This paper examines the use of coiled tubing deployed thru-tubing inflatable packers in a straddle configuration. Many times this straddle option can be used to prolong the life of a well without the time-consuming and resource-sapping operation of having to perform a complete well workover. Couple the resulting economics with the operational advantages of not having to kill the well and a completion in situ inflatable straddle option may and has offered operators in the global oil and gas industry a very real and viable option.
During the course of this paper the inflatable straddle option is examined and discussed as is the operational deployment and options of such a system. Running a single trip straddle and running a multiple trip down hole assembled system are highlighted. Four case histories will be disseminated to provide a balanced opinion on the effectiveness of such a system. The four case histories include a chrome system to match the already installed completion metallurgy and the highlighted wells will vary in geometry up to that of a horizontal gas well.
The paper goes on to discuss the longevity of such a system with at the time of submitting this abstract one of the featured systems having been in position in a producing environment for in excess of five years.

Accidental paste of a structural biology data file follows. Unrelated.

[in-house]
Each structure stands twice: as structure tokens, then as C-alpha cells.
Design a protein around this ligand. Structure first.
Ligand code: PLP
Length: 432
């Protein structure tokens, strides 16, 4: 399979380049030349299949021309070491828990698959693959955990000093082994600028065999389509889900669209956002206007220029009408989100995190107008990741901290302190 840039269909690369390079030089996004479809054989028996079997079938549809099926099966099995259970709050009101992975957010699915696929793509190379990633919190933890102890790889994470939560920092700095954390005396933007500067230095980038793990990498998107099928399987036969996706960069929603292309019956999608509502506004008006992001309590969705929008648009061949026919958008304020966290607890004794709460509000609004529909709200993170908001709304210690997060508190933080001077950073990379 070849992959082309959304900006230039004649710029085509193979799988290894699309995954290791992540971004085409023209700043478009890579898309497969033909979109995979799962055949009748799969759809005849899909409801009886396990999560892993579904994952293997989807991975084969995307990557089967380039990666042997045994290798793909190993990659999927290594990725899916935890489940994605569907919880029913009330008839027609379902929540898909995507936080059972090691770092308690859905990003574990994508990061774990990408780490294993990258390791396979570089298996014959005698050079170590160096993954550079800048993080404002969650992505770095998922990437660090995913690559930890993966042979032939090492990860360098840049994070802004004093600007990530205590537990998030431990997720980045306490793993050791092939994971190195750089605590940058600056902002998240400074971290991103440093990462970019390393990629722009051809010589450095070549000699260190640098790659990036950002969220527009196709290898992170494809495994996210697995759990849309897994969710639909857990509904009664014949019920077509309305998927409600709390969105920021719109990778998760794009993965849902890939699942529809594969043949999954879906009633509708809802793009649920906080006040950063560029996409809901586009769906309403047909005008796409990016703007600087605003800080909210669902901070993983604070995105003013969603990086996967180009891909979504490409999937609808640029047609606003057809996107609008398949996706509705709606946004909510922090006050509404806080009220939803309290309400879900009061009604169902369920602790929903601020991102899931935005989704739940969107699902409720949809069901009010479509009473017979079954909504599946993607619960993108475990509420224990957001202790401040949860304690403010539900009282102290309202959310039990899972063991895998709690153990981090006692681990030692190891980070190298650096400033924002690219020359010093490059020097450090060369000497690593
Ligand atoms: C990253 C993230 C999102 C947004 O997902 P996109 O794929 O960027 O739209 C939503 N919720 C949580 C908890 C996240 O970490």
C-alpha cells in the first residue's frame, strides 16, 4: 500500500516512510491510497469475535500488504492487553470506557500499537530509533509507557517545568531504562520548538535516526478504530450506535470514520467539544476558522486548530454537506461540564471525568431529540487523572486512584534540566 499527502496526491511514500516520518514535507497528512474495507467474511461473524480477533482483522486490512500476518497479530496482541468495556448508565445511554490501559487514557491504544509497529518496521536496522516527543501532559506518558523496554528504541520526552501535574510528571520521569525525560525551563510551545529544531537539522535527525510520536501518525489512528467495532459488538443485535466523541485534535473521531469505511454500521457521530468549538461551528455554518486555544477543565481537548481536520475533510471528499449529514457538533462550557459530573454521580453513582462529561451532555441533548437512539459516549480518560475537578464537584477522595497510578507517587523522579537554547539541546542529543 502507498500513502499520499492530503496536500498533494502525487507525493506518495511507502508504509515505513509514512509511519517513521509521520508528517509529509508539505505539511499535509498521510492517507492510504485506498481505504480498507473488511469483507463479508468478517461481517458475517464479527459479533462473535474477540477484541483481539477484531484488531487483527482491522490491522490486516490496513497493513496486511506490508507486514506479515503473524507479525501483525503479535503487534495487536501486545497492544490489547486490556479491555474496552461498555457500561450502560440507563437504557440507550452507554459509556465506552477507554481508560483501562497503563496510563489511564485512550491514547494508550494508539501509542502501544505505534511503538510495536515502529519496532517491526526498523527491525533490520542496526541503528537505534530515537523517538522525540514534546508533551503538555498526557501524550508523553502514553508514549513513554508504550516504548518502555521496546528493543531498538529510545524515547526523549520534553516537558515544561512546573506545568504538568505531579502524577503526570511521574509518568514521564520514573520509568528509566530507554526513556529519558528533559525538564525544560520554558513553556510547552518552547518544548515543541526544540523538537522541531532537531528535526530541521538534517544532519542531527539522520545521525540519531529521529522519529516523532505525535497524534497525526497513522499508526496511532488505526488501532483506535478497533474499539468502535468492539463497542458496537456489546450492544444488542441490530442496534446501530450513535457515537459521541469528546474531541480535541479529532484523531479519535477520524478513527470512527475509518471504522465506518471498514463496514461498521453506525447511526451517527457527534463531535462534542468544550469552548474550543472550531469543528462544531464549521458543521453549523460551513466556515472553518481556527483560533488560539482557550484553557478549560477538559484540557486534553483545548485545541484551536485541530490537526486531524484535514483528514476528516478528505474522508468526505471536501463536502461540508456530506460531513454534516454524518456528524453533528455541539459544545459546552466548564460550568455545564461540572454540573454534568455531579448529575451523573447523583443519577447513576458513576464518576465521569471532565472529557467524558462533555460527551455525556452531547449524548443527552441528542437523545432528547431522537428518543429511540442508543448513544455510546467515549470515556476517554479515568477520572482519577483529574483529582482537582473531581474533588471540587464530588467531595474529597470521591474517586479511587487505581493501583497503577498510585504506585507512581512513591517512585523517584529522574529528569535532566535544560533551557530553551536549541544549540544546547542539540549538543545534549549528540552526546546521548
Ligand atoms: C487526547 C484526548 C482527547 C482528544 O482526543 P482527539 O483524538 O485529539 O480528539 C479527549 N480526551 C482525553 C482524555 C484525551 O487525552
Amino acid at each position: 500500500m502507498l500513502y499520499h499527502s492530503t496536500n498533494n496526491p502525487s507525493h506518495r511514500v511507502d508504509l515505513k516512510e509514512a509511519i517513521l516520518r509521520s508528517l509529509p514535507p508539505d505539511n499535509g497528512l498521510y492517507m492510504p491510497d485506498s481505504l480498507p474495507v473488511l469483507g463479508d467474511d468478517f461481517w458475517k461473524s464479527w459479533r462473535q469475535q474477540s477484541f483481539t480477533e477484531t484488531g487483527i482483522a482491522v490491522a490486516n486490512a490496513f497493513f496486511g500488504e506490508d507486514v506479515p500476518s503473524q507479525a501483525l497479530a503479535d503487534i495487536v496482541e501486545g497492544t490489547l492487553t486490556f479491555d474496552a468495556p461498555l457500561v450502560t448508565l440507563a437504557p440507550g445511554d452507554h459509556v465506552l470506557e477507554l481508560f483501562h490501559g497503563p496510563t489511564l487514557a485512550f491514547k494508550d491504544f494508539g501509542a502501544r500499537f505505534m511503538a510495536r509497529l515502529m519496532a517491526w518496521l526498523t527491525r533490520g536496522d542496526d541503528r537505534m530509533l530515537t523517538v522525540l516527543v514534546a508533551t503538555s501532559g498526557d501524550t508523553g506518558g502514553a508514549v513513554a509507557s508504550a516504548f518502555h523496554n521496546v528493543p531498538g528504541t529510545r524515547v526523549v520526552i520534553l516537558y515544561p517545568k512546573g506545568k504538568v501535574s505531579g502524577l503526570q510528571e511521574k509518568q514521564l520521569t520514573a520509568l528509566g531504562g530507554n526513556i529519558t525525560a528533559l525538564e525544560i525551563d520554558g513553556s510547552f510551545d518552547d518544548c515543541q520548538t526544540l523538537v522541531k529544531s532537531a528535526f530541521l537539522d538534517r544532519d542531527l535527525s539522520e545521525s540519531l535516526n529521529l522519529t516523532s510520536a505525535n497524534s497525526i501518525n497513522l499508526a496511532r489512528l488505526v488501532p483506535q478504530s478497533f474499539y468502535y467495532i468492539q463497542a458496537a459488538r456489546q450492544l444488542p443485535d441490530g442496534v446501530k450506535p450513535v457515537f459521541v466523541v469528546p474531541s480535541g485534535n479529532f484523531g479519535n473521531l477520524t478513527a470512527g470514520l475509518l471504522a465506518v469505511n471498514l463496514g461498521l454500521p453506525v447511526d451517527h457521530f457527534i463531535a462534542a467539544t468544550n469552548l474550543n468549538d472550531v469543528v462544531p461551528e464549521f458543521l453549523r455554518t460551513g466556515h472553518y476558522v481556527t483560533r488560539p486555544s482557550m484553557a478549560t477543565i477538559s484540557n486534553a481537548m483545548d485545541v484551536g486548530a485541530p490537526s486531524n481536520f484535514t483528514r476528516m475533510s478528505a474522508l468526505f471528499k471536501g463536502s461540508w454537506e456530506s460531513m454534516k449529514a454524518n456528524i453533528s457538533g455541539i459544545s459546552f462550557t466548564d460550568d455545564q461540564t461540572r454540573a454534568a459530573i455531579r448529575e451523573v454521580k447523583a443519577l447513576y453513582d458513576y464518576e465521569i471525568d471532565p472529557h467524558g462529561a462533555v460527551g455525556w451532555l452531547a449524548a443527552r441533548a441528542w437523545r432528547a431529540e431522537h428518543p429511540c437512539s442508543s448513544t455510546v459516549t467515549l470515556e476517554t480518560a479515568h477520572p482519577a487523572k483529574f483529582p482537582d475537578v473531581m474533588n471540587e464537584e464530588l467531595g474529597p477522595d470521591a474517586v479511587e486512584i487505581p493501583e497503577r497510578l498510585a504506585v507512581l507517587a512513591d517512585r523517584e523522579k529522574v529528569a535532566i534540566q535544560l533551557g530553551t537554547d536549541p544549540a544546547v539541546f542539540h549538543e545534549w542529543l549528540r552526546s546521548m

There are many reasons for the requirement to run a straddle system into a wellbore. The most common application is the requirement to isolate a section of the wellbore while at the same time leaving the ability to access the wellbore below the isolated section. Some applications aim to isolate an upper or intermediate injection or production zone. Others need to isolate a damaged section of the wellbore or straddle a malfunctioning production packer. Still others provide a sealed velocity string or remedially install either flow control devices or sand control screens. A straddle option can provide the operator the option of prolonging the life of the well without the need of a workover. While a workover may well offer the most complete solution to the problem in hand there are reasons why a workover may not be the chosen way forward for the operator. These reasons may include logistics, equipment, time, matrix damage and cost, amongst many others.
For whatever reason, once a straddle option is selected, the choice of running an inflatable system will in all probability be based on the geometry of the wellbore. It would be very unlikely, for example, to select an inflatable system where a mechanical solution could be used.
The first deployment on coiled tubing of a thru-tubing inflatable element was undertaken in Alaska in 1986. Initial requests were to provide upper zone isolation in order to allow for coiled tubing treatment of the lower zone. In the intervening 15 years thru-tubing inflatable technology has advanced considerably with a market niche having been created. Today a thru-tubing inflatable tool exists for every known operation conducted on coiled tubing where more traditional remedial type tool systems exist.
It is now possible to plug, pack, squeeze, treat and straddle with an inflatable element on coiled tubing.